They say that karma is a bitch, and Ramesh "Sunny" Balwani would probably agree with that. For 12 years the former Microsoft exec had it all. He was president of a biomedical company worth $10 billion. He traveled first class around the world. And his girlfriend was not only whip smart but 20 years younger—they met in China when he was 38 and she was… 18.
But things came to an abrupt end in 2016. There was bad blood between them—quite literally. Balwani’s girlfriend was none other than Elizabeth Holmes, the deep-throated founder and CEO of Theranos. As everyone knows (or at least everyone who saw the HBO documentary The Inventor: Out for Blood in Silicon Valley), the company claimed to have built a machine that could instantly analyze blood with a mere prick of the finger. It didn’t. And now Holmes and Balwani are being tried for securities fraud, misleading investors, and cheating them out of approximately $700 million.
While Balwani is set to appear in court next year, Holmes’s trial is happening now, and the defendants’ professional and personal relationship has spilled out into the public in the form of text messages, courtesy of the prosecutors.
"My heart is missing its heartbeat," he writes. "Ditto," she writes back. "Missing my heartbeat," he says. "Ditto times a million," she replies. (We sure hope Balwani had a cardiologist check out his arrhythmia.)
"Your presence on earth is proof of God’s presence," he tells her. She sends him a quote from Maya Angelou: "In all the world, there is no heart for me like yours. In all the world, there is no love for you like mine." And he knows just what to say back: "I agree. There is no love for me like yours. Which is why it's hard to breath without your breath near me."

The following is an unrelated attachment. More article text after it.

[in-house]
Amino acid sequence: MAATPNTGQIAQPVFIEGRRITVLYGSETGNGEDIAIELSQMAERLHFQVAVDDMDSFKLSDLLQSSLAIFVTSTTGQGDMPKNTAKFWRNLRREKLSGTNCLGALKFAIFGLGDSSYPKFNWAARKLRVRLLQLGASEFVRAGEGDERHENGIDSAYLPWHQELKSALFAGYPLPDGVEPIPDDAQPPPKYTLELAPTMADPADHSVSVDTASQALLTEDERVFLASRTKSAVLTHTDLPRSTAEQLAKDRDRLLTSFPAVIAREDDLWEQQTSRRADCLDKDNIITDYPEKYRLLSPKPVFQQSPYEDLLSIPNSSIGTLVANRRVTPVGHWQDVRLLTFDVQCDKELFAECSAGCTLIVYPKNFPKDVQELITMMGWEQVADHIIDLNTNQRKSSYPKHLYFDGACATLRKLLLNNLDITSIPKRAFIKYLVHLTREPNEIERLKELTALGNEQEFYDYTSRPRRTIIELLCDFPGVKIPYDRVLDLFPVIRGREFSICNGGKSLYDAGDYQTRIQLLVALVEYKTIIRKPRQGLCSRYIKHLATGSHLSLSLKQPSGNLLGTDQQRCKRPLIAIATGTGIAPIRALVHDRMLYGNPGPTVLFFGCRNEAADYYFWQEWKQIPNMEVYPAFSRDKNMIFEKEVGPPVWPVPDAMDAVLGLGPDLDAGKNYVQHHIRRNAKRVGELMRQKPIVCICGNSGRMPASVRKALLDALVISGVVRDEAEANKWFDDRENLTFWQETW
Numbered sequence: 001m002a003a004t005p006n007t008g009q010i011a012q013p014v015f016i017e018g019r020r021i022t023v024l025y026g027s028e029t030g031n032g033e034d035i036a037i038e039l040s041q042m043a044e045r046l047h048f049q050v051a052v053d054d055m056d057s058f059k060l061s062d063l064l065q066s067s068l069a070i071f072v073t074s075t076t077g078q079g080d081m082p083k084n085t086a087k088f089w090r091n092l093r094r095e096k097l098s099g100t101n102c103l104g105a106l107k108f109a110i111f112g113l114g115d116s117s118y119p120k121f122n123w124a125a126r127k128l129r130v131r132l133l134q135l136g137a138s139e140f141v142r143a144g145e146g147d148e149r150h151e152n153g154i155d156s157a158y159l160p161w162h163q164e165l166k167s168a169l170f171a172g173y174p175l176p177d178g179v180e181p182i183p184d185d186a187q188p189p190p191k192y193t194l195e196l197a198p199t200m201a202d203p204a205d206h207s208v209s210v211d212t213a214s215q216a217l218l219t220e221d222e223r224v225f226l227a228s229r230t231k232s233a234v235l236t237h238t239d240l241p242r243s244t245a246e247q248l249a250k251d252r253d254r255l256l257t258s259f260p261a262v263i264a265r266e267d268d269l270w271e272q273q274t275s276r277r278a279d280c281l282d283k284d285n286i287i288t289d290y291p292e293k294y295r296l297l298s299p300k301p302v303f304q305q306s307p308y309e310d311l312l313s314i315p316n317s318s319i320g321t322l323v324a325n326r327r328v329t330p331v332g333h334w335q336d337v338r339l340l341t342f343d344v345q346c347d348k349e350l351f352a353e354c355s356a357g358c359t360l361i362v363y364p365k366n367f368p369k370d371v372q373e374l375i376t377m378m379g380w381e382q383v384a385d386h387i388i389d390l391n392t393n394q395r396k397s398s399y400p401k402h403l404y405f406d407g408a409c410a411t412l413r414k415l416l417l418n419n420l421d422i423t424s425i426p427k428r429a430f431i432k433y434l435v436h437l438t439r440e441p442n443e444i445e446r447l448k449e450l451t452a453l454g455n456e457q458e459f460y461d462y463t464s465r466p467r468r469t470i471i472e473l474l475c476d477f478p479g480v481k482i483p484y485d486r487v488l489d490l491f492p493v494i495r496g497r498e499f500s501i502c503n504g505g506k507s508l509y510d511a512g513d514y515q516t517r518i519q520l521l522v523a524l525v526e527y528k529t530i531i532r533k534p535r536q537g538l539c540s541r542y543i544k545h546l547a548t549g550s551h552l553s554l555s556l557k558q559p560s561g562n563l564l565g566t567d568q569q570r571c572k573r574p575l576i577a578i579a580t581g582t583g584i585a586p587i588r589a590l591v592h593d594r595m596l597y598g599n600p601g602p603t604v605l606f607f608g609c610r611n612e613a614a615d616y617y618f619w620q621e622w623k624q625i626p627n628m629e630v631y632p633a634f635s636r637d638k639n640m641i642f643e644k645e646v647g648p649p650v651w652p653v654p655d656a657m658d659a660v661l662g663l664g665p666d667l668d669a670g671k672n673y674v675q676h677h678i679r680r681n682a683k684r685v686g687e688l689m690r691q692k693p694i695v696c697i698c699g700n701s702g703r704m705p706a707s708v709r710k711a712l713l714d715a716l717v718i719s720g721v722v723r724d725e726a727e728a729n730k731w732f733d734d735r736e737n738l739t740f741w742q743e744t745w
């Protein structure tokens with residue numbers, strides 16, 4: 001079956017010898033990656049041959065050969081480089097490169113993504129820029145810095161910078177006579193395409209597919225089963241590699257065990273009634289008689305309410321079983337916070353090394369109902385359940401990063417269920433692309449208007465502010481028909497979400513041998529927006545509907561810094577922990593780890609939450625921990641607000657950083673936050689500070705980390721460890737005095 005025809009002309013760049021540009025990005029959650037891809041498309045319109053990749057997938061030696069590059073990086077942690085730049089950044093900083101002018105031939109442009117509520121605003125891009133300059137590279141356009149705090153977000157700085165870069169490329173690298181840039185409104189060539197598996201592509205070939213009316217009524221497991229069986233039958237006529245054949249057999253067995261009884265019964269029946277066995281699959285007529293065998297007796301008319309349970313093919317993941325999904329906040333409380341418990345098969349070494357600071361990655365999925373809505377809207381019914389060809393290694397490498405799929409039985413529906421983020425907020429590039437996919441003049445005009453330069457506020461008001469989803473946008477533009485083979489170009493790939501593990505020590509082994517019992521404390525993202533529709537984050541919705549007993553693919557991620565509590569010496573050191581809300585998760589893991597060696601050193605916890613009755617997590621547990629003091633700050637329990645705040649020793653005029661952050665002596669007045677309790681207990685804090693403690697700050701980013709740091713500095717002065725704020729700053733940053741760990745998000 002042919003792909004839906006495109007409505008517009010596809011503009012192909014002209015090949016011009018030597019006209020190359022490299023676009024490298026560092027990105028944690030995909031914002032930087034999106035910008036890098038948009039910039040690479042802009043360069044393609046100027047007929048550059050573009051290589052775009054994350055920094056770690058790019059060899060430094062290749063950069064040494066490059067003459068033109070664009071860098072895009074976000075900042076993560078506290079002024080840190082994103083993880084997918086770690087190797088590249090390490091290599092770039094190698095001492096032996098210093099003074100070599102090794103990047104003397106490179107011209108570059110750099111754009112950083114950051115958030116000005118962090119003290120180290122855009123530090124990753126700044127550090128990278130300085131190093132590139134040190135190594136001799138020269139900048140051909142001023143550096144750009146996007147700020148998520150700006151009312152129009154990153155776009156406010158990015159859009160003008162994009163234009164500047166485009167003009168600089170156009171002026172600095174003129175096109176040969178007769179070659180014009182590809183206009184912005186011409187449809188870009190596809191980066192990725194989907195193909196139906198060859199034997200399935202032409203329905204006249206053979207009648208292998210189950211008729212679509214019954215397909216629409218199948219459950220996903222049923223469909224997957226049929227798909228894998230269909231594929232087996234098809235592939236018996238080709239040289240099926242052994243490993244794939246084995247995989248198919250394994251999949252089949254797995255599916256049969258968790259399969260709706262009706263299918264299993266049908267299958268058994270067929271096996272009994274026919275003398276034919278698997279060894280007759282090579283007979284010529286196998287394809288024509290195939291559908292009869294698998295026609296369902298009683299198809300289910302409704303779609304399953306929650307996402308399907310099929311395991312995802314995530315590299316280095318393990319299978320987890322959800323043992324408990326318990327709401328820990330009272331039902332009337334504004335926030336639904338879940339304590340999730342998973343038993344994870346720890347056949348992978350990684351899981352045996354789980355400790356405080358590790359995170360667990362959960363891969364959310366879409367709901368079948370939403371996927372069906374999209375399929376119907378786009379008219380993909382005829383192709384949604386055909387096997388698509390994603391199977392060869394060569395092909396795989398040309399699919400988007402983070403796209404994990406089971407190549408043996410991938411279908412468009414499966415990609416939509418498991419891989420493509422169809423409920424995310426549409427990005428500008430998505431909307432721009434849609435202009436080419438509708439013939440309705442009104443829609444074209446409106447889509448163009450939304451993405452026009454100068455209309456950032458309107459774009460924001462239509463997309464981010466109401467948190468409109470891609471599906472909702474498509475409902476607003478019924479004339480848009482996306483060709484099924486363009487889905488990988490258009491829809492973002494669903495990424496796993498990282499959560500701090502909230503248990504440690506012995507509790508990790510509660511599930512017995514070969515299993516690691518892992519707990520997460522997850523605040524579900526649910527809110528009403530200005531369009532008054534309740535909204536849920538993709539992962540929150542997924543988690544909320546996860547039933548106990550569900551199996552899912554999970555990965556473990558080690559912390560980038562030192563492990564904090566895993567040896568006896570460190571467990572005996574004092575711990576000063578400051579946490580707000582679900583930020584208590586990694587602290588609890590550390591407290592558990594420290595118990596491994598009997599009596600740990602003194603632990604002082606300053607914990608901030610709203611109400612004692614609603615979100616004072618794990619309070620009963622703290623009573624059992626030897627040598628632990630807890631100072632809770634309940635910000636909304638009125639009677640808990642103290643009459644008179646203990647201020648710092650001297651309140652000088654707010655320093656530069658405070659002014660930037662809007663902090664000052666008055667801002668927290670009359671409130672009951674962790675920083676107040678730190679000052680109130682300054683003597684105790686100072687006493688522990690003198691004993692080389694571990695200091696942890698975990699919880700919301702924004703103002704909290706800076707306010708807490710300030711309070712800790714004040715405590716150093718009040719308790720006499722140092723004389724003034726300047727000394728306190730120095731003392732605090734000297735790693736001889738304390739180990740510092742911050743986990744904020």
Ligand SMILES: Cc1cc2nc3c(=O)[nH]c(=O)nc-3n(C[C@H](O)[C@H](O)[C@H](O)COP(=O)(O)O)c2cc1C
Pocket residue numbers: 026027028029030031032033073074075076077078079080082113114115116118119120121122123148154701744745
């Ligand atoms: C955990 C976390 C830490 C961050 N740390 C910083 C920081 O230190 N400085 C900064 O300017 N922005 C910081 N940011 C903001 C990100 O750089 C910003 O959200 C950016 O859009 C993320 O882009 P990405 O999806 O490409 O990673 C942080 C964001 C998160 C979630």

In short, Balwani was not just a master sweet-talker. He was a love guru and poet the likes we haven’t seen since Kahlil Gibran.
As the company came apart, so did their love. "You live in my eyes. I see you everywhere," he once told her. But now Holmes says it was her lover who’s to blame. He was everywhere involved in everything—in short, it’s always Sunny in Theranos.
While things ended badly for Balwani, we should never forget the amount of work he put into those texts, which were read aloud to the jury. They are a reminder of what it takes to keep the embers of love burning, the flames of passion alive—at least until your karma runs out and one of you faces the possibility of 20 years in prison.
Congratulations, Sunny Balwani, you are a Washington Free Beacon man of the year.
Published under: Man of the Year